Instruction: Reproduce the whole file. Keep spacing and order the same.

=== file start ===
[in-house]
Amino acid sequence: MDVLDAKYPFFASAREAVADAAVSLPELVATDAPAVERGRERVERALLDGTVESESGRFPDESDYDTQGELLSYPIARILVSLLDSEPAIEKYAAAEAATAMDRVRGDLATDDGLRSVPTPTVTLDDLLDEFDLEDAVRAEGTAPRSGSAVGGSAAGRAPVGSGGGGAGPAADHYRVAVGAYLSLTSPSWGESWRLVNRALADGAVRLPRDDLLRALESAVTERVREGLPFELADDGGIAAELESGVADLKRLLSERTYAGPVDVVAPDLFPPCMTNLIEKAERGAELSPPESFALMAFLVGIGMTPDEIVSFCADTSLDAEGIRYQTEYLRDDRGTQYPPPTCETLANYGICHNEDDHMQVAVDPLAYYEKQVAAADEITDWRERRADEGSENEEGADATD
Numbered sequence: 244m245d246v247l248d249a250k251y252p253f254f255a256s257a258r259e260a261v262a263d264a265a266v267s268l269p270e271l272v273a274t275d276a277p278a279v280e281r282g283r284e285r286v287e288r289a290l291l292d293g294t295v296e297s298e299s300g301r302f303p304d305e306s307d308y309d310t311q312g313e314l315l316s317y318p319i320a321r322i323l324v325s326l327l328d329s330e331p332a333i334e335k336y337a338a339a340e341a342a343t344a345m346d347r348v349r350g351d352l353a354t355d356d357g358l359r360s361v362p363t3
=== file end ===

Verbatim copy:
[in-house]
Amino acid sequence: MDVLDAKYPFFASAREAVADAAVSLPELVATDAPAVERGRERVERALLDGTVESESGRFPDESDYDTQGELLSYPIARILVSLLDSEPAIEKYAAAEAATAMDRVRGDLATDDGLRSVPTPTVTLDDLLDEFDLEDAVRAEGTAPRSGSAVGGSAAGRAPVGSGGGGAGPAADHYRVAVGAYLSLTSPSWGESWRLVNRALADGAVRLPRDDLLRALESAVTERVREGLPFELADDGGIAAELESGVADLKRLLSERTYAGPVDVVAPDLFPPCMTNLIEKAERGAELSPPESFALMAFLVGIGMTPDEIVSFCADTSLDAEGIRYQTEYLRDDRGTQYPPPTCETLANYGICHNEDDHMQVAVDPLAYYEKQVAAADEITDWRERRADEGSENEEGADATD
Numbered sequence: 244m245d246v247l248d249a250k251y252p253f254f255a256s257a258r259e260a261v262a263d264a265a266v267s268l269p270e271l272v273a274t275d276a277p278a279v280e281r282g283r284e285r286v287e288r289a290l291l292d293g294t295v296e297s298e299s300g301r302f303p304d305e306s307d308y309d310t311q312g313e314l315l316s317y318p319i320a321r322i323l324v325s326l327l328d329s330e331p332a333i334e335k336y337a338a339a340e341a342a343t344a345m346d347r348v349r350g351d352l353a354t355d356d357g358l359r360s361v362p363t3